Polar Record

Articles

Twentieth-century variations in temperature and precipitation in the Nordic Arctic

E. J. Førlanda1, I. Hanssen-Bauera1, T. Jónssona2, C. Kern-Hansena3, P.Ø. Nordlia4, O. E. Tveitoa4 and E. Vaarby Laursena5

a1 Norwegian Meteorological Institute, Box 43, Blindern, 0313 Oslo, Norway

a2 Icelandic Meteorological Office, Bustadavegur 9 IS-150 Reykjavik, Iceland

a3 Denmarks Meteorological Institute, Lyngbyvej 100, DK-2100 Copenhagen, Denmark

a4 Norwegian Meteorological Institute, Box 43, Blindern, 0313 Oslo, Norway

a5 Denmarks Meteorological Institute, Lyngbyvej 100, DK-2100 Copenhagen, Denmark

Abstract

In a joint Nordic effort, a high-quality climate data set for the Nordic Arctic is established. The data set consists of monthly values from 20 stations in Greenland, Iceland, the Faeroes, and the Norwegian Arctic. The data set is made available on the web. Ten climate elements are included, and most of the series covers the period 1890–2000. The data series illustrate the large climatic contrasts in the Nordic Arctic, and demonstrate that parts of the region have experienced substantial climate variations during the last century. Despite increasing temperatures during recent decades, the present temperature level is still lower than in the 1930s and 1950s in large parts of the region. The pattern of long-term precipitation variations is more complicated, but in parts of the region the annual precipitation has increased substantially. At Svalbard Airport and Bjørnøya the annual precipitation has increased by more than 2.5% per decade during the twentieth century.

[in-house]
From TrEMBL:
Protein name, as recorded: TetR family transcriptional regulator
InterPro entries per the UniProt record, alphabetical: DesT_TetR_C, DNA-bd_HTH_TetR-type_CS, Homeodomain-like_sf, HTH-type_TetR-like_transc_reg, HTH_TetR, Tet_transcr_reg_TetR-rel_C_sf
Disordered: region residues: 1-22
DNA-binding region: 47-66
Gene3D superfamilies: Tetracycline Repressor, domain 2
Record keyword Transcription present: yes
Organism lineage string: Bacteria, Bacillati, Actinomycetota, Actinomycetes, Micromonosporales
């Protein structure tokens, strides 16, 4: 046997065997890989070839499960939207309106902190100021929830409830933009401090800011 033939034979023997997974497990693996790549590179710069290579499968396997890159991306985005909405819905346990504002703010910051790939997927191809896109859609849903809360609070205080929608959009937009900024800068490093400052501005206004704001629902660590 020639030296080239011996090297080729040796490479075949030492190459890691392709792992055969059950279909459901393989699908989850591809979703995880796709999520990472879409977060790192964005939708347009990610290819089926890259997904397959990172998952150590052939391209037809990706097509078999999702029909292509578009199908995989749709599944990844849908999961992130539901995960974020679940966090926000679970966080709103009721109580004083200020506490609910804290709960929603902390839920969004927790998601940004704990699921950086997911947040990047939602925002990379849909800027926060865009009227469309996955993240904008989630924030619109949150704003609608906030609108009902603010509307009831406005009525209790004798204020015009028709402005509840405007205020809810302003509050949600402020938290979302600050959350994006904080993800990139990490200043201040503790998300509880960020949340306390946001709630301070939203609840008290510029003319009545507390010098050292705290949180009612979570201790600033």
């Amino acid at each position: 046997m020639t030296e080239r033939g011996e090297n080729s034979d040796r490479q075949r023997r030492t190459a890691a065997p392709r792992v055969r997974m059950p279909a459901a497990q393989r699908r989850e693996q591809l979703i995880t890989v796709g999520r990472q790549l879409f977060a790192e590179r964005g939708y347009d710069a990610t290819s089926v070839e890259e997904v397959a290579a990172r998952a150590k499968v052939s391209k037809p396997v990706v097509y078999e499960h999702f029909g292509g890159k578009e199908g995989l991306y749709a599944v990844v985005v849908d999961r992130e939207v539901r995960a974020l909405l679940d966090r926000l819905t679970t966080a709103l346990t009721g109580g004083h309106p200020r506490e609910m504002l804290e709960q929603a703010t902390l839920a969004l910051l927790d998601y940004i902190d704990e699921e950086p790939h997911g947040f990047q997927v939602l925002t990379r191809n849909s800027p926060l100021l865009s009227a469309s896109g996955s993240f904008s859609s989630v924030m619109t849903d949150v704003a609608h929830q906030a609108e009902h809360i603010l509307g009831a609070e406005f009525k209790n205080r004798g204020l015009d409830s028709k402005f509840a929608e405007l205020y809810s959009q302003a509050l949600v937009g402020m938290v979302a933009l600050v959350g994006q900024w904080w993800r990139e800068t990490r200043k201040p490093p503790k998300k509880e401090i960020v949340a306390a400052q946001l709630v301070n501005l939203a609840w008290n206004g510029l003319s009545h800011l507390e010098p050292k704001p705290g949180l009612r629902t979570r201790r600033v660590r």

Variations in atmospheric circulation can account for most of the long-term positive trend in precipitation in the Norwegian Arctic, and also for the positive temperature trend from the 1960s. The positive temperature trend before 1930 and the negative trend during the following decades, are, however, not accounted for by the circulation models.

(Received September 2001)